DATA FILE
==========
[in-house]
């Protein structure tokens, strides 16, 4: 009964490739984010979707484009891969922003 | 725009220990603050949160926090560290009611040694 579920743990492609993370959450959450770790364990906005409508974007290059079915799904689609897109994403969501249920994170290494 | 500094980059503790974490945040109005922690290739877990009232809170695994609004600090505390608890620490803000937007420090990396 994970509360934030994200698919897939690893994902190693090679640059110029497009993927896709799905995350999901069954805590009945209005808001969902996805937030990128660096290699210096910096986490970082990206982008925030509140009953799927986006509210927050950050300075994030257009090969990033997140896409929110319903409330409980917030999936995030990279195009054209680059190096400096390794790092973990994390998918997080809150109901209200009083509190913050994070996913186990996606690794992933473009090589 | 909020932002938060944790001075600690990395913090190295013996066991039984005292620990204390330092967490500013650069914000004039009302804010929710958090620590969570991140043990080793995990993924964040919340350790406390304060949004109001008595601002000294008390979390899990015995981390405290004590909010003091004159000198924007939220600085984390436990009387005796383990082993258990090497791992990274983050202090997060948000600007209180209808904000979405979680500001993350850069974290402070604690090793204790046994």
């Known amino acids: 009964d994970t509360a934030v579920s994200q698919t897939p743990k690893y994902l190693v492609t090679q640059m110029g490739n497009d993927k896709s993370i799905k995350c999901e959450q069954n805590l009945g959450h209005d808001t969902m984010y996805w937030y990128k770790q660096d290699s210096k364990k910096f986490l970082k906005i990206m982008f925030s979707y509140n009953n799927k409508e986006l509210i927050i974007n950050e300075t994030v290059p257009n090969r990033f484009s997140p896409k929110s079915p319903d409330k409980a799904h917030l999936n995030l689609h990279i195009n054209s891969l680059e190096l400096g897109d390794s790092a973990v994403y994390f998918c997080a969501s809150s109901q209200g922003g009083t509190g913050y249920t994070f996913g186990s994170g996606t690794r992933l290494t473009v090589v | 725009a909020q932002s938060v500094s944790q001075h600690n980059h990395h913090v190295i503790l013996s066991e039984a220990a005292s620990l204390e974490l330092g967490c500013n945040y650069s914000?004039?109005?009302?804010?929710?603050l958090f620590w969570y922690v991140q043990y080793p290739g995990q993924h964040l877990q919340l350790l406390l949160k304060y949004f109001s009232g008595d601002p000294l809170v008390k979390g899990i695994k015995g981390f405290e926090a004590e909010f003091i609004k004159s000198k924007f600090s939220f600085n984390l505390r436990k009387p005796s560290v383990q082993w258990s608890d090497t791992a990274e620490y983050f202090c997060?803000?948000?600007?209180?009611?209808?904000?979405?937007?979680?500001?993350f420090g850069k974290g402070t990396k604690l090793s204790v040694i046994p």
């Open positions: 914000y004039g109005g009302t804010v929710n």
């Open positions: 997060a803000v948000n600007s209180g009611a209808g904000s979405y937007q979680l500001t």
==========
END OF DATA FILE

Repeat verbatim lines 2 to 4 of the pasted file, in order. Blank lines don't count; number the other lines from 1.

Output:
């Protein structure tokens, strides 16, 4: 009964490739984010979707484009891969922003 | 725009220990603050949160926090560290009611040694 579920743990492609993370959450959450770790364990906005409508974007290059079915799904689609897109994403969501249920994170290494 | 500094980059503790974490945040109005922690290739877990009232809170695994609004600090505390608890620490803000937007420090990396 994970509360934030994200698919897939690893994902190693090679640059110029497009993927896709799905995350999901069954805590009945209005808001969902996805937030990128660096290699210096910096986490970082990206982008925030509140009953799927986006509210927050950050300075994030257009090969990033997140896409929110319903409330409980917030999936995030990279195009054209680059190096400096390794790092973990994390998918997080809150109901209200009083509190913050994070996913186990996606690794992933473009090589 | 909020932002938060944790001075600690990395913090190295013996066991039984005292620990204390330092967490500013650069914000004039009302804010929710958090620590969570991140043990080793995990993924964040919340350790406390304060949004109001008595601002000294008390979390899990015995981390405290004590909010003091004159000198924007939220600085984390436990009387005796383990082993258990090497791992990274983050202090997060948000600007209180209808904000979405979680500001993350850069974290402070604690090793204790046994």
């Known amino acids: 009964d994970t509360a934030v579920s994200q698919t897939p743990k690893y994902l190693v492609t090679q640059m110029g490739n497009d993927k896709s993370i799905k995350c999901e959450q069954n805590l009945g959450h209005d808001t969902m984010y996805w937030y990128k770790q660096d290699s210096k364990k910096f986490l970082k906005i990206m982008f925030s979707y509140n009953n799927k409508e986006l509210i927050i974007n950050e300075t994030v290059p257009n090969r990033f484009s997140p896409k929110s079915p319903d409330k409980a799904h917030l999936n995030l689609h990279i195009n054209s891969l680059e190096l400096g897109d390794s790092a973990v994403y994390f998918c997080a969501s809150s109901q209200g922003g009083t509190g913050y249920t994070f996913g186990s994170g996606t690794r992933l290494t473009v090589v | 725009a909020q932002s938060v500094s944790q001075h600690n980059h990395h913090v190295i503790l013996s066991e039984a220990a005292s620990l204390e974490l330092g967490c500013n945040y650069s914000?004039?109005?009302?804010?929710?603050l958090f620590w969570y922690v991140q043990y080793p290739g995990q993924h964040l877990q919340l350790l406390l949160k304060y949004f109001s009232g008595d601002p000294l809170v008390k979390g899990i695994k015995g981390f405290e926090a004590e909010f003091i609004k004159s000198k924007f600090s939220f600085n984390l505390r436990k009387p005796s560290v383990q082993w258990s608890d090497t791992a990274e620490y983050f202090c997060?803000?948000?600007?209180?009611?209808?904000?979405?937007?979680?500001?993350f420090g850069k974290g402070t990396k604690l090793s204790v040694i046994p």
């Open positions: 914000y004039g109005g009302t804010v929710n």